WARSAW — At 9 a.m. on a recent December day, several dozen shoppers all hurled themselves at the door of a second-hand clothes store here, like a rugby scrum hitting a wall. Those stuck outside could only watch as a surprising mix of young hipsters and graying retirees sprinted upstairs, first to where the fur and leather coats awaited.
In a scene repeated daily, whenever the latest delivery has landed, the battle was on for the best finds at the store, called Tomitex, where everything, including the fur, sells for roughly $7 a pound the first week after delivery and as low as 75 cents thereafter.
But this is not a tale of people buying used clothes in the midst of recessionary gloom. The global economic crisis has yet to hit a majority of Poles.
Thrift stores here have become impromptu laboratories of the changing mores and attitudes in a country adjusting to newfound wealth. Young Poles here in the capital are now confident enough in their ability to buy new clothes that they at last have taken to wearing old ones. Those eking out a living on fixed incomes, especially retirees, still lack the means to do otherwise.
And so the hip and the strapped meet at secondhand stores like Tomitex, on Nowowiejska Street in downtown Warsaw.
The pronounced stigma of buying used clothes in a poor country was once a powerful deterrent for shopping — or at least admitting to shopping — at secondhand stores, known here by the derogative colloquialism lumpex, which translates as something like bum export. That stigma has been replaced among the young by a playful attitude toward vintage clothing and bargain-hunting that would not be out of place among their contemporaries in London or New York.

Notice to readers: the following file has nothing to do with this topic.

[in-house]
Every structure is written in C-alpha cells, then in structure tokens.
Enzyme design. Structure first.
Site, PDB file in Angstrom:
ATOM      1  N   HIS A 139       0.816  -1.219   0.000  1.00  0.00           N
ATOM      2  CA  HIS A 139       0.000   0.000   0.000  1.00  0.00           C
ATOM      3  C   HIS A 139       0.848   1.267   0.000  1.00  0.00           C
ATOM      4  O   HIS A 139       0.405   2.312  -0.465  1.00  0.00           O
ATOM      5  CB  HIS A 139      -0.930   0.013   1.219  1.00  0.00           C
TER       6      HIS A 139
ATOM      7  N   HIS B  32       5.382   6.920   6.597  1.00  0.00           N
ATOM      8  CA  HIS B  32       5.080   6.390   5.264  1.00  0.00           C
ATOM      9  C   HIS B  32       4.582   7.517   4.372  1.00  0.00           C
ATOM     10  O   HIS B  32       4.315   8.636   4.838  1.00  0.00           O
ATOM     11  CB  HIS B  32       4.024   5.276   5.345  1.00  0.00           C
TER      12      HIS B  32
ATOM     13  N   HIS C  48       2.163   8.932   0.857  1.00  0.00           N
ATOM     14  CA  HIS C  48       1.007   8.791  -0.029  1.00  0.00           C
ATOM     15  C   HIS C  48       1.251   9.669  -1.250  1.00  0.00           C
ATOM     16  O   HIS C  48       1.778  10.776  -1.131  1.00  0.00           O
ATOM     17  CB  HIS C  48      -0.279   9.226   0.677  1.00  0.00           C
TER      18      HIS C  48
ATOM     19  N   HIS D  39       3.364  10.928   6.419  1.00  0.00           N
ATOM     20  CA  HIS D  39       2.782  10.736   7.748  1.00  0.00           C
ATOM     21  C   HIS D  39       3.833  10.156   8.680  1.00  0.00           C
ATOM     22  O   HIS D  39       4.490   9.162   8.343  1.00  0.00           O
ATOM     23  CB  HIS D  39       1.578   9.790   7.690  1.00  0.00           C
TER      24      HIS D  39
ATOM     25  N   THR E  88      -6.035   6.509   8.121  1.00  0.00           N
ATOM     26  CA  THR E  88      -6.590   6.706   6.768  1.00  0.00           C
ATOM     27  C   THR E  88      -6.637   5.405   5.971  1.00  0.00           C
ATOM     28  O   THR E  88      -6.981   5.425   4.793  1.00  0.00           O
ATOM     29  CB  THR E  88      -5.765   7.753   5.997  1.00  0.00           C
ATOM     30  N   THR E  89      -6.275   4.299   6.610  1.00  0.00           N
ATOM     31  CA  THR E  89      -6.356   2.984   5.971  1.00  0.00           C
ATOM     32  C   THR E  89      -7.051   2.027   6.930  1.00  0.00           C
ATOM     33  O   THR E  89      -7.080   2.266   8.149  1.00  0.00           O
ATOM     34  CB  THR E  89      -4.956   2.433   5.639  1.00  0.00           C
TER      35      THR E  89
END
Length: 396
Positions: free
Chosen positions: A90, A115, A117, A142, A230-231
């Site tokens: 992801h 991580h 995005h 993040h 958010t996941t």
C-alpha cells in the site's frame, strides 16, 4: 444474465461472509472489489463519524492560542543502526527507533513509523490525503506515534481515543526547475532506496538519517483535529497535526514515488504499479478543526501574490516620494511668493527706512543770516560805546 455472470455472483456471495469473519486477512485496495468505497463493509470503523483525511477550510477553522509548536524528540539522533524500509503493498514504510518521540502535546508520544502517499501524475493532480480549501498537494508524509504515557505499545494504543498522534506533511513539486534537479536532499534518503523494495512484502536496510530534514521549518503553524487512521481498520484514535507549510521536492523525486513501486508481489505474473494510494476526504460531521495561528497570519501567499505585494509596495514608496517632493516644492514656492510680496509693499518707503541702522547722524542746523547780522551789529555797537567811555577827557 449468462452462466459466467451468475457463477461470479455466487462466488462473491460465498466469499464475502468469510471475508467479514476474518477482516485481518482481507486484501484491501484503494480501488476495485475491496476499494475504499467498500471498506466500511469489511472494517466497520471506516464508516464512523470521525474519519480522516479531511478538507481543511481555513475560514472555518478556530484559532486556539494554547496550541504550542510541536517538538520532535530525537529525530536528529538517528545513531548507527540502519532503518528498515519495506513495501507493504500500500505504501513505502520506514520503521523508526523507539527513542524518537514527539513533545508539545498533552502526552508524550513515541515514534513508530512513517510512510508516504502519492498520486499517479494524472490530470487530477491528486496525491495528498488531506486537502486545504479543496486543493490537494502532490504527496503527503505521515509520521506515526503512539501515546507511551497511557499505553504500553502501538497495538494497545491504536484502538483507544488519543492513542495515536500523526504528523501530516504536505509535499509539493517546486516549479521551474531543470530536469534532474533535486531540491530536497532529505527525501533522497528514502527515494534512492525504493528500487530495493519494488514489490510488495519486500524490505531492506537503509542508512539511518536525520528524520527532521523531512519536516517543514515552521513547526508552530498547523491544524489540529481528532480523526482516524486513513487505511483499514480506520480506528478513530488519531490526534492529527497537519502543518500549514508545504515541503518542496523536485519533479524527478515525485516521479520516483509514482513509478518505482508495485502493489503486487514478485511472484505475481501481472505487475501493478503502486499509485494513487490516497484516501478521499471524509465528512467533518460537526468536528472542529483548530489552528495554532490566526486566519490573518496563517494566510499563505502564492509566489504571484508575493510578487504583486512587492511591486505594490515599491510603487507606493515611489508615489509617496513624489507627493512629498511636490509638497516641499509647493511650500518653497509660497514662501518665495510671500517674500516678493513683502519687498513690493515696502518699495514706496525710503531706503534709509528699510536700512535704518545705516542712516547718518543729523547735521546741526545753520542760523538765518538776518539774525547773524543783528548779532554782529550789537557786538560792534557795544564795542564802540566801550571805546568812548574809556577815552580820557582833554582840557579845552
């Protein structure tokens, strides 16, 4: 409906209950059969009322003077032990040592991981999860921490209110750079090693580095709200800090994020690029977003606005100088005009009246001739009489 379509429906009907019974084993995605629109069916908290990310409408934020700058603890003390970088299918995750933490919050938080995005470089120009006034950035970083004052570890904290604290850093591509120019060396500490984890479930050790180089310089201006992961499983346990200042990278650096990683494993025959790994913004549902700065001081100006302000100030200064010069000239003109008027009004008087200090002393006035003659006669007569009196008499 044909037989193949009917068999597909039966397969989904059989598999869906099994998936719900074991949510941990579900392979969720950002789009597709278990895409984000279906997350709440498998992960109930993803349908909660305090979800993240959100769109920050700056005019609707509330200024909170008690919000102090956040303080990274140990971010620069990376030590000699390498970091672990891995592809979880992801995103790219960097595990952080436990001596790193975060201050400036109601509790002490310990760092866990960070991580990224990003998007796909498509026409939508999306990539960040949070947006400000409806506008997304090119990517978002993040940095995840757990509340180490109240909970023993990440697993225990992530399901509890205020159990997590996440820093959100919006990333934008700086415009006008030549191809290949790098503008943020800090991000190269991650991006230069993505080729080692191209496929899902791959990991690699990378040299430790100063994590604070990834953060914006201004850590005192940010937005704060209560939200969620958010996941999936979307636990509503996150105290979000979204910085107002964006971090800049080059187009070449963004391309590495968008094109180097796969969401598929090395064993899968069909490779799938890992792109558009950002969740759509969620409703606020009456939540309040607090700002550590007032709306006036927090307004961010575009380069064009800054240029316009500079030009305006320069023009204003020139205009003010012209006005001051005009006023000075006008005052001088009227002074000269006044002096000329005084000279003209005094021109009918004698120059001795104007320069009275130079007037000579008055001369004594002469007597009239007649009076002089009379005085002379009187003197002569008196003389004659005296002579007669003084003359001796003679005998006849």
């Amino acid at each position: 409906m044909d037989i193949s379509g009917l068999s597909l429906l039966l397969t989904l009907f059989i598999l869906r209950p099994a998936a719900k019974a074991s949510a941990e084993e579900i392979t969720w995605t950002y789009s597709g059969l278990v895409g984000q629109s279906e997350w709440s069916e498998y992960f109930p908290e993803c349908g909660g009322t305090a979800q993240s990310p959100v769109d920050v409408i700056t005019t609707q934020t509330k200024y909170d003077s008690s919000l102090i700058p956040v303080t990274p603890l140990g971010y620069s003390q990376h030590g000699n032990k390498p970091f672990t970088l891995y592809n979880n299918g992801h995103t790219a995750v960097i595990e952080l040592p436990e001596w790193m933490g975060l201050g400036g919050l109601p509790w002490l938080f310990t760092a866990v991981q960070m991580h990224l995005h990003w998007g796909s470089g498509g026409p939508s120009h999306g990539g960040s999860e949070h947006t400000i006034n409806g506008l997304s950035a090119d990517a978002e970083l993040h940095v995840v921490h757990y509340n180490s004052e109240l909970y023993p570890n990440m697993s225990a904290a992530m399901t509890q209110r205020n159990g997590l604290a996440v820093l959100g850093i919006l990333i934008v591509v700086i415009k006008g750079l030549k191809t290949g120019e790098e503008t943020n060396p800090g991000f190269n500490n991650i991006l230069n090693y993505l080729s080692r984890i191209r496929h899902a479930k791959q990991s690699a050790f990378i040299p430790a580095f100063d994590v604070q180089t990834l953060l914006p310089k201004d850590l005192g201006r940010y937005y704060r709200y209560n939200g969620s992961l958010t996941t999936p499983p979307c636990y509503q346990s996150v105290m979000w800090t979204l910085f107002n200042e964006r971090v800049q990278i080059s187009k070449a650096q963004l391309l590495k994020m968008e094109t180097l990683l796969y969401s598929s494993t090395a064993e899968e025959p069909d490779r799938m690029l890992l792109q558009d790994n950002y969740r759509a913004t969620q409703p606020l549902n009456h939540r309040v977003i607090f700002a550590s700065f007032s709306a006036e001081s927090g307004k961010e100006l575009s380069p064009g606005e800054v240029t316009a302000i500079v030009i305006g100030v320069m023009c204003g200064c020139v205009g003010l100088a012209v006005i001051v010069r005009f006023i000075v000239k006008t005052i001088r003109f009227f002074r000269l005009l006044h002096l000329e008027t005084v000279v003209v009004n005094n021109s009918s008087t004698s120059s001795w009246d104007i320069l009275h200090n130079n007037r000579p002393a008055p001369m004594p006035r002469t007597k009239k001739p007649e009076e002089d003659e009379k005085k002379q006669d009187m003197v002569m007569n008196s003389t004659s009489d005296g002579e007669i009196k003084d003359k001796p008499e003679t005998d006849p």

It is all part of the ferment of a capital rife with traffic jams as the new and used imported cars have outstripped the capacity of the roads to carry them all. One boutique for the latest new styles, aptly named Luxury & Liberty, has opened in the former headquarters of the governing Polish United Workers’ Party, which also previously housed the Warsaw Stock Exchange since the end of Communism.
Poles, who under Communism had few choices for clothes, now have the entire spectrum, but the full breadth is only available to a few.
The gulf between the haves and have-nots is wide, and the two sides are increasingly bumping against each other quite literally.
“I think the elderly people connect this with the past in Poland, in the ’80s, the queues,” said Melanie Kucharska, 21, wearing black boots, jeans and dangly earrings, and braving the throngs to sift through the latest delivery with a pair of friends. “But it’s trendy now to go to secondhand stores,” she said. “I can dress in a different way than half of Warsaw does.”
Asked about her better finds, Ms. Kucharska, a student and nanny, recalled her greatest triumph: a ballerina-style dress with a big bow in the front, which she thought was from the ’50s or ’60s.
Older women, by contrast, registered their extreme displeasure at finding a reporter and a photographer at Tomitex, expressing emotions ranging from embarrassment to anger. “It will make me seem poor,” one complained. Others hurled the kind of colorful expressions usually reserved for use on ships at sea.
“Older ladies here are proud and so fashionable,” said Ania Kuczynska, 33, a fashion designer in Warsaw. “You can see that they aren’t very rich, but they’re elegant and they have their own style.”
Ms. Kuczynska said that after socialism consumers placed a great emphasis on labels and logos, to prove that their clothes were new and expensive. A willingness to embrace used clothes signals a new maturity in a city finding its way in fashion, Ms. Kuczynska said. “It’s just the next step in our reality, in our growing economy,” she said. “The times are changing.”